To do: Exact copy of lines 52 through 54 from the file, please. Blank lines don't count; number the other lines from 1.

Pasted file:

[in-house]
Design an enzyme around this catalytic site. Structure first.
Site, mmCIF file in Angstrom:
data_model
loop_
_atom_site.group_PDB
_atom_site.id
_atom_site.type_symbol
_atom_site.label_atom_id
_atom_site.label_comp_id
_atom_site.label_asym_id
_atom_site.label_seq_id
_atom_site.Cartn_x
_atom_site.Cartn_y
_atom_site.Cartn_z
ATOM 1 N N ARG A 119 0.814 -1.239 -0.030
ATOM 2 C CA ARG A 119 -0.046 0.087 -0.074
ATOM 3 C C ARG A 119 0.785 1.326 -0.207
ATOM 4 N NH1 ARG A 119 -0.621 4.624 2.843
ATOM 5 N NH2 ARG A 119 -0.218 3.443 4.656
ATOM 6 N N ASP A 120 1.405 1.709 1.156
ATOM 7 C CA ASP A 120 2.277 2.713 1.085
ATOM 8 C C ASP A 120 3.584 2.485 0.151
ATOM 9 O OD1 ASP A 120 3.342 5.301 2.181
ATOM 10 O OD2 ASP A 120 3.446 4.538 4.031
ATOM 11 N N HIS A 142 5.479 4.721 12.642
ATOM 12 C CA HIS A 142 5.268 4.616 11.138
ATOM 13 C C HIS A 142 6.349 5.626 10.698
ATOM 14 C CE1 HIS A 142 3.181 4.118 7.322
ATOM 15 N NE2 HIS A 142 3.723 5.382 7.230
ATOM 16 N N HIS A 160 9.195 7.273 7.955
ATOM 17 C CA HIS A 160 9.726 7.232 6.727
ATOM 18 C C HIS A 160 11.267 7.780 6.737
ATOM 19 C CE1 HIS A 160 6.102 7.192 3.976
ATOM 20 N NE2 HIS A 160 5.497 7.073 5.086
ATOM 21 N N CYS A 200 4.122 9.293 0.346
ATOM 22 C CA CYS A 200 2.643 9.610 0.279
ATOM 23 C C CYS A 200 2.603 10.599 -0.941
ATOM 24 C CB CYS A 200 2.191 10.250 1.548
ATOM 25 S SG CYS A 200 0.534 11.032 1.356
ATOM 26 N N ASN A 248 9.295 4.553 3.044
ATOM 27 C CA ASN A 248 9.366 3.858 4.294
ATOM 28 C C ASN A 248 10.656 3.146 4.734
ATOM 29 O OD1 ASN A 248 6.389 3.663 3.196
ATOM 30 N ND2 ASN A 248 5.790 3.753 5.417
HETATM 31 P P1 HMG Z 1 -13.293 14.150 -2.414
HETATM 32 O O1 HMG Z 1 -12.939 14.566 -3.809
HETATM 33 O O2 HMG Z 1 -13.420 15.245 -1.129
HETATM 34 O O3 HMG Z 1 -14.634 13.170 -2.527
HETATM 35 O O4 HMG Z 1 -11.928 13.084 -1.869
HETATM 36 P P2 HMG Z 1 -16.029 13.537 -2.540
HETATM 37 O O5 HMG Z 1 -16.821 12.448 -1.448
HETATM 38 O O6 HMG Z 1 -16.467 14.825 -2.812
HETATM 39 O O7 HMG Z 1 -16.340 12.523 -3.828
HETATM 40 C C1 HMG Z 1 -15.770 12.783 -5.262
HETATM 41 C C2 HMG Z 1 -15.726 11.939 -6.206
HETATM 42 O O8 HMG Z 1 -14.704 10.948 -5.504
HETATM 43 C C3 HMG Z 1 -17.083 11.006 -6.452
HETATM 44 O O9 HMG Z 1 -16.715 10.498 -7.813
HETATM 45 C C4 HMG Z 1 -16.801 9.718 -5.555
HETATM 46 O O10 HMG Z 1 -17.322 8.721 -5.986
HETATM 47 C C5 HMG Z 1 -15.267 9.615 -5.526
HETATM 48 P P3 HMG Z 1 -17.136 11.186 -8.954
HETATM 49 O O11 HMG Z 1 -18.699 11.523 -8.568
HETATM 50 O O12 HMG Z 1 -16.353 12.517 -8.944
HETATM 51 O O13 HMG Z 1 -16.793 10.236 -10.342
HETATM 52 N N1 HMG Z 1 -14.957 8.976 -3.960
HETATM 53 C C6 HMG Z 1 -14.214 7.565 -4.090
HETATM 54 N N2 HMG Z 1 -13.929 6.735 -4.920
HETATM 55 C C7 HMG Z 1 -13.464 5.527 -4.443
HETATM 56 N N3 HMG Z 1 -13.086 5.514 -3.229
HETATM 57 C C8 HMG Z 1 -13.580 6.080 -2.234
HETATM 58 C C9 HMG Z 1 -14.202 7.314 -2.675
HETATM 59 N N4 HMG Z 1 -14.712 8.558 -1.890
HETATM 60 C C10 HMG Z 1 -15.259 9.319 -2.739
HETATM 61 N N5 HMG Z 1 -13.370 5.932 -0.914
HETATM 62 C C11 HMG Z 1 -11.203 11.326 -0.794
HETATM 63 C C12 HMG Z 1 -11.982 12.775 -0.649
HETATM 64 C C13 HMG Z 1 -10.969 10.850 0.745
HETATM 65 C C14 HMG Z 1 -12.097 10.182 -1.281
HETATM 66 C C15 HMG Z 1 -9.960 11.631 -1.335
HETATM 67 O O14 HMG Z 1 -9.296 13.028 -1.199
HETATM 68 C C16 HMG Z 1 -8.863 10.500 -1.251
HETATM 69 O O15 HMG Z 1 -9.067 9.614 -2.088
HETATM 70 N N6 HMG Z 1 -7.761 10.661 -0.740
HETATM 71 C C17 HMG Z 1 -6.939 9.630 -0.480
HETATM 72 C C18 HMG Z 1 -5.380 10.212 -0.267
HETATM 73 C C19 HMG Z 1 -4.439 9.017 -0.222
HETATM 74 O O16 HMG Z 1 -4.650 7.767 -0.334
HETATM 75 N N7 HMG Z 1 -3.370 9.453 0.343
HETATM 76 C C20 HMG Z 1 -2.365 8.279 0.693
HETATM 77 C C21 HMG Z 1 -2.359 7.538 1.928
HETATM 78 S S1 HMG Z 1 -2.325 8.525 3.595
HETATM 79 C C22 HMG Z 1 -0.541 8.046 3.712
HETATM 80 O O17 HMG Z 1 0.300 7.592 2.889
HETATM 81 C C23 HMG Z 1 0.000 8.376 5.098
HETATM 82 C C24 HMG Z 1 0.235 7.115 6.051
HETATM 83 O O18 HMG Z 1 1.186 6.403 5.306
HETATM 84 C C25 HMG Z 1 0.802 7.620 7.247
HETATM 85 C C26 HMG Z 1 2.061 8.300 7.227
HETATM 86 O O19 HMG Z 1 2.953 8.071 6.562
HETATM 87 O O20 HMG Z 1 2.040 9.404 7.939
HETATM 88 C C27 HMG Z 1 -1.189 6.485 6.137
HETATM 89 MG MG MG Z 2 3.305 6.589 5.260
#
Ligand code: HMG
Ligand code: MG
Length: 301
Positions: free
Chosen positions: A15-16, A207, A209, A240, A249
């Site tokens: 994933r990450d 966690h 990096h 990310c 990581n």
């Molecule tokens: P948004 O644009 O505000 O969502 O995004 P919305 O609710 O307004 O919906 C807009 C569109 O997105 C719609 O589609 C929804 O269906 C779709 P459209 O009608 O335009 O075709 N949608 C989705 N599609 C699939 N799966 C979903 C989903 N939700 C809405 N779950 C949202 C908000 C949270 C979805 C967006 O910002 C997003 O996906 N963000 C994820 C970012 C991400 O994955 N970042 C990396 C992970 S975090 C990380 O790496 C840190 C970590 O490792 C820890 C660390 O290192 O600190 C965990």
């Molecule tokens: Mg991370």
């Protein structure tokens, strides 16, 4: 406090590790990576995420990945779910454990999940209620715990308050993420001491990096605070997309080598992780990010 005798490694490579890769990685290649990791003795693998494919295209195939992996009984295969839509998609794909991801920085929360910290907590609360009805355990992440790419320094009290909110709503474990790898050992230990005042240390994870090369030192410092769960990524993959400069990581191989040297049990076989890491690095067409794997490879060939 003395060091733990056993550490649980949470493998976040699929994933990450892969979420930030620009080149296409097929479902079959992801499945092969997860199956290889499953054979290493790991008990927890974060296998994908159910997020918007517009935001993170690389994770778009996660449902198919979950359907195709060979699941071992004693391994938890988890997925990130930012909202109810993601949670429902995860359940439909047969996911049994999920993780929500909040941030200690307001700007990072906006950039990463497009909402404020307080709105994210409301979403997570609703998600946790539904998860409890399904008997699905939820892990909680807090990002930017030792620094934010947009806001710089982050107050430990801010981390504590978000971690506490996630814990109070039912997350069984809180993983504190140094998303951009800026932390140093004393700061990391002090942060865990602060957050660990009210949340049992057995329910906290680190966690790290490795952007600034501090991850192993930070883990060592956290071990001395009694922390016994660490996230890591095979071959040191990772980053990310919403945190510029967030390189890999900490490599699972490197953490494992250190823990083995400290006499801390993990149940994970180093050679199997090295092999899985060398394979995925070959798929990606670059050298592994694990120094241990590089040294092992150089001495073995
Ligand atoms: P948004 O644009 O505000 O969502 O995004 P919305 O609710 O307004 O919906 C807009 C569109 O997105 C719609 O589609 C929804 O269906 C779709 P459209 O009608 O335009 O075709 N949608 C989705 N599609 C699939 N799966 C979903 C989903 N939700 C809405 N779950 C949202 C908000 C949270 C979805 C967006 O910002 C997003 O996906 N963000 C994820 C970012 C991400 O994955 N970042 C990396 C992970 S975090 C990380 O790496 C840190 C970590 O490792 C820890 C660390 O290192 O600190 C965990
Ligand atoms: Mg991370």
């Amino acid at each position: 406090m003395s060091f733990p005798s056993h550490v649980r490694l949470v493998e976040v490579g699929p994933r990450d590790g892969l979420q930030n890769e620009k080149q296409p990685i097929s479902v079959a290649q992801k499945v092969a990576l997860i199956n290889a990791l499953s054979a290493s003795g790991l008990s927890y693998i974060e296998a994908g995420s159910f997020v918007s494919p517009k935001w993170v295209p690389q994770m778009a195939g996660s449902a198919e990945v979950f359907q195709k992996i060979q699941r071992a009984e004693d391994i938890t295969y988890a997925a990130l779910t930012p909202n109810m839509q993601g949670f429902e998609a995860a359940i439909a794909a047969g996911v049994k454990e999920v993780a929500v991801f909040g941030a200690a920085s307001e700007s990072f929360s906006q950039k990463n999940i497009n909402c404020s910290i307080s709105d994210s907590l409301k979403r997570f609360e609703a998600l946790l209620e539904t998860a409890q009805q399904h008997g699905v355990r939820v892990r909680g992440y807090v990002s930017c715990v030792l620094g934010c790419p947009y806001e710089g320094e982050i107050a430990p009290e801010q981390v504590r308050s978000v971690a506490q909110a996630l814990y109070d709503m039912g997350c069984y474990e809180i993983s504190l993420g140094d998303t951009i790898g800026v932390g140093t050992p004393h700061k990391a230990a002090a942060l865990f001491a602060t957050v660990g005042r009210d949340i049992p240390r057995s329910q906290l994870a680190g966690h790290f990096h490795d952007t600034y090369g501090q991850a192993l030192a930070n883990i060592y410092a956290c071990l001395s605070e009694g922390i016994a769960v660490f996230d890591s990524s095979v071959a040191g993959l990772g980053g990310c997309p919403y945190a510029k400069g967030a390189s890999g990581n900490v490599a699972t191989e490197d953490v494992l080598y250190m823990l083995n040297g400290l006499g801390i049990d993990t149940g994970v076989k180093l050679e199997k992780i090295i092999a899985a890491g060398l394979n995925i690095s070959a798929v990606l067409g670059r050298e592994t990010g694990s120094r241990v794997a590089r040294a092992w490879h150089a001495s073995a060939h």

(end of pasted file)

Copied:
HETATM 37 O O5 HMG Z 1 -16.821 12.448 -1.448
HETATM 38 O O6 HMG Z 1 -16.467 14.825 -2.812
HETATM 39 O O7 HMG Z 1 -16.340 12.523 -3.828